- Recalls, injunctions and other measures: If the Minister believes on reasonable grounds that a consumer product is a danger to human health or safety, the Minister may order a manufacturer, importer, or seller, to recall the product or take other steps to remedy the non–compliance with the Act. The recall order must be in writing and must state the reasons for the recall and the time and manner in which the recall is to be carried out.In certain circumstances, the Minister will also be able to order other measures including stopping the manufacturing, importation, packaging, storing, advertising, selling, labelling, testing or transportation of a consumer product, or any other measure necessary to address or prevent a danger to human health or safety that a product poses.
A person can request a review of the Minister’s decision in writing within 30 days (which can be extended for a further 30 days in some situations). The review may confirm, amend, terminate, or cancel the order.
- Disclosure of confidential business information: In some cases, the Minister will be able to disclose, without notice or consent, the confidential business information of those it regulates to a person or government that carries out functions relating to the protection of health and safety.For a multi–national corporation, this could involve the Minister disclosing information to a foreign government involved in the oversight of health and safety products.
- Administrative monetary penalties: The administrative penalties for violations to the Act will be set out in the regulations.
- Criminal charges: Not only companies, but also their directors, officers and agents may be found liable criminally for a contravention of the Act. The Act contemplates varying degrees of monetary fines depending on the severity of the offence, and can range from $250,000 to $5 million. Penalties can also involve possible imprisonment sentences.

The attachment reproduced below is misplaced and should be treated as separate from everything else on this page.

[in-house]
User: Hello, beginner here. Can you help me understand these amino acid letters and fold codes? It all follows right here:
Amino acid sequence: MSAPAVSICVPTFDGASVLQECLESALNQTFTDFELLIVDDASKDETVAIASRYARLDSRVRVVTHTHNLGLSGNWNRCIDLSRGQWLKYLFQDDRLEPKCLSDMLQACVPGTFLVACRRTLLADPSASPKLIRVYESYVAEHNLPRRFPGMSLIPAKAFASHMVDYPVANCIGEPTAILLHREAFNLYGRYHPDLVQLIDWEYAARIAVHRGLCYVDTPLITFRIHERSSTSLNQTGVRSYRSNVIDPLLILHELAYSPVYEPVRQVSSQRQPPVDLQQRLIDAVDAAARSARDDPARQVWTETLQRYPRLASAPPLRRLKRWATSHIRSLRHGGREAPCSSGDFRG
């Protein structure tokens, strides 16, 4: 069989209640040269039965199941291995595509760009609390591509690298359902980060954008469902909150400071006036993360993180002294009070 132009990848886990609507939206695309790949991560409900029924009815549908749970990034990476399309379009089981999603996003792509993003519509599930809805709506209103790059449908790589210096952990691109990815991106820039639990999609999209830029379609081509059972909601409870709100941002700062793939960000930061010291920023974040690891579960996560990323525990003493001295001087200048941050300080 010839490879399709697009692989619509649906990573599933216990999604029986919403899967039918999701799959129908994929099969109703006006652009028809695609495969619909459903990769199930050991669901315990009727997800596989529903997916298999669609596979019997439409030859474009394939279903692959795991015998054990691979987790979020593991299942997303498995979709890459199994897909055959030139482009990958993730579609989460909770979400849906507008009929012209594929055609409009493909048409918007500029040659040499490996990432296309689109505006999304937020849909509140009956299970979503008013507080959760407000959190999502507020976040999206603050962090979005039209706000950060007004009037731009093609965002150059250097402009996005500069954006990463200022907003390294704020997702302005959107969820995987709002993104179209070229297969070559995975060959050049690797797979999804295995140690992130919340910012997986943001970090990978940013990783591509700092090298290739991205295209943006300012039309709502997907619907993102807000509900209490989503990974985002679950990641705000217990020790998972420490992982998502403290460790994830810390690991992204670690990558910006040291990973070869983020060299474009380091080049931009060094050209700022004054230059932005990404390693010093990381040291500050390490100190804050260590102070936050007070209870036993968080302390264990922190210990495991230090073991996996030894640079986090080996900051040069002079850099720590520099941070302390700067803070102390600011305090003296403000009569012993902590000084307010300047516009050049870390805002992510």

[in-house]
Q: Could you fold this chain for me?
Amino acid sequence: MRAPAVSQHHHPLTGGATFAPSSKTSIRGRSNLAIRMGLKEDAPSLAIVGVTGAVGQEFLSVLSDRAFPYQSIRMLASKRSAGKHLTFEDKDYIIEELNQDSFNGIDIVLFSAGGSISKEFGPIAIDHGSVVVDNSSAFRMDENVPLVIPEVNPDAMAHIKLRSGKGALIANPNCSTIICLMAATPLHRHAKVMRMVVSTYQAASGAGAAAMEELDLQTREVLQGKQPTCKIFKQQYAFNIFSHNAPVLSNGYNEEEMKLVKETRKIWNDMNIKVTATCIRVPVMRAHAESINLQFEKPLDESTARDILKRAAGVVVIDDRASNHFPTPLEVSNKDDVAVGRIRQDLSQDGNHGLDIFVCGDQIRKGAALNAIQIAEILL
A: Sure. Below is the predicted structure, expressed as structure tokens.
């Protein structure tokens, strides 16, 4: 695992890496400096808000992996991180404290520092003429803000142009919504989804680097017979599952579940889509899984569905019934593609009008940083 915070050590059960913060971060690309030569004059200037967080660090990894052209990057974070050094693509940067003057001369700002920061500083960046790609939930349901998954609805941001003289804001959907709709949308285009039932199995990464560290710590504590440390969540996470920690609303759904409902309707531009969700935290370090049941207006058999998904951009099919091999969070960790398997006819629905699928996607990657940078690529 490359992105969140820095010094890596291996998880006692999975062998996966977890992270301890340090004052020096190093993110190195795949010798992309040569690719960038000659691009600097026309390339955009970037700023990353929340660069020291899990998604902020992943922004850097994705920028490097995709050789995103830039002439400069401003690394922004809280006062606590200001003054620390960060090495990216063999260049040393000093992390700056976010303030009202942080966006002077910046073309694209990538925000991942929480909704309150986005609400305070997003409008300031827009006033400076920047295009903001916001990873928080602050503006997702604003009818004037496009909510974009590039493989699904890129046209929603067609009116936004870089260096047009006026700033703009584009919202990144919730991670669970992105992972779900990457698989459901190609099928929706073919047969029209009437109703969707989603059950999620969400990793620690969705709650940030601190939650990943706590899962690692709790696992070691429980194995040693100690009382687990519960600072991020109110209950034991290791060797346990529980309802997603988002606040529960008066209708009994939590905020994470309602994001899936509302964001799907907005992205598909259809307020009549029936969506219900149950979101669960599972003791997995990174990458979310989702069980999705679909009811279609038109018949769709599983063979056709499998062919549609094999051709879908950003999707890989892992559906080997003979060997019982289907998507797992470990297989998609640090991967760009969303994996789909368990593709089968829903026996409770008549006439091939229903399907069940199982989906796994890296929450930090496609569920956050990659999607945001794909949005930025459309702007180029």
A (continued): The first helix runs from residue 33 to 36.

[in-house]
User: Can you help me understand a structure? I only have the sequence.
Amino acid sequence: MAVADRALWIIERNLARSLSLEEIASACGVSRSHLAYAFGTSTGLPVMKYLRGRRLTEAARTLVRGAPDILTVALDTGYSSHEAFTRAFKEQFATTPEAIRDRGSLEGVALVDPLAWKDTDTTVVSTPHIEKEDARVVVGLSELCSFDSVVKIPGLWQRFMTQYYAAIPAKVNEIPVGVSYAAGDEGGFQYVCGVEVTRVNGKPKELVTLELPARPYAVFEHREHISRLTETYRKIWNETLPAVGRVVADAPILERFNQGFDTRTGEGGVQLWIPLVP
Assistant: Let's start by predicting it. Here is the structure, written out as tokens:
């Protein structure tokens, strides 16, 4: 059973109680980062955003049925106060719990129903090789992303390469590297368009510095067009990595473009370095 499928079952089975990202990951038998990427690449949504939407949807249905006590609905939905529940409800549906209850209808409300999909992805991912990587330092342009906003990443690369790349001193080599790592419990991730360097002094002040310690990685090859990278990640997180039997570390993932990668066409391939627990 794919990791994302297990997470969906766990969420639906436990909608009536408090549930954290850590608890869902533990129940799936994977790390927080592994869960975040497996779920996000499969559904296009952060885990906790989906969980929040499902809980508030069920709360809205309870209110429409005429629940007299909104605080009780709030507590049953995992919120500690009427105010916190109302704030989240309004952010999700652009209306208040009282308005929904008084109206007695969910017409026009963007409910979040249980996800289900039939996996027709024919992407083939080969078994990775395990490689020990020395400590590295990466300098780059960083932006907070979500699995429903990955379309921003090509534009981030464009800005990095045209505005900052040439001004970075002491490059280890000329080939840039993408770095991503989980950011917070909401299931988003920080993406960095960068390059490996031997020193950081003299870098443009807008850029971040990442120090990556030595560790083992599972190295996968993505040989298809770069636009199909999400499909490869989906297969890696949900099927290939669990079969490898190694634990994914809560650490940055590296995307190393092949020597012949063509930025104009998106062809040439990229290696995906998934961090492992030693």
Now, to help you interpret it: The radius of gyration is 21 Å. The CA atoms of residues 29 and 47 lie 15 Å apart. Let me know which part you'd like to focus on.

The Act does not specifically deal with civil remedies available to consumers but the increased standards imposed by the Act and the potential for greater product recalls may lead to more product liability litigation.
Implications for Clients
Since the Act is expected to come into force in the upcoming months, companies potentially impacted by the Act may want to take this opportunity to evaluate their current business practices and prepare for the new obligations imposed by the Act. Companies that manufacture, supply, sell, or market consumer products should consider designating someone within their organization who will be responsible for ensuring compliance with the Act. Depending on the type and size of business, internal policies and procedures may need to be implemented to ensure that throughout the organization – required records and documents are being collected and maintained and that incidents are properly identified and reported.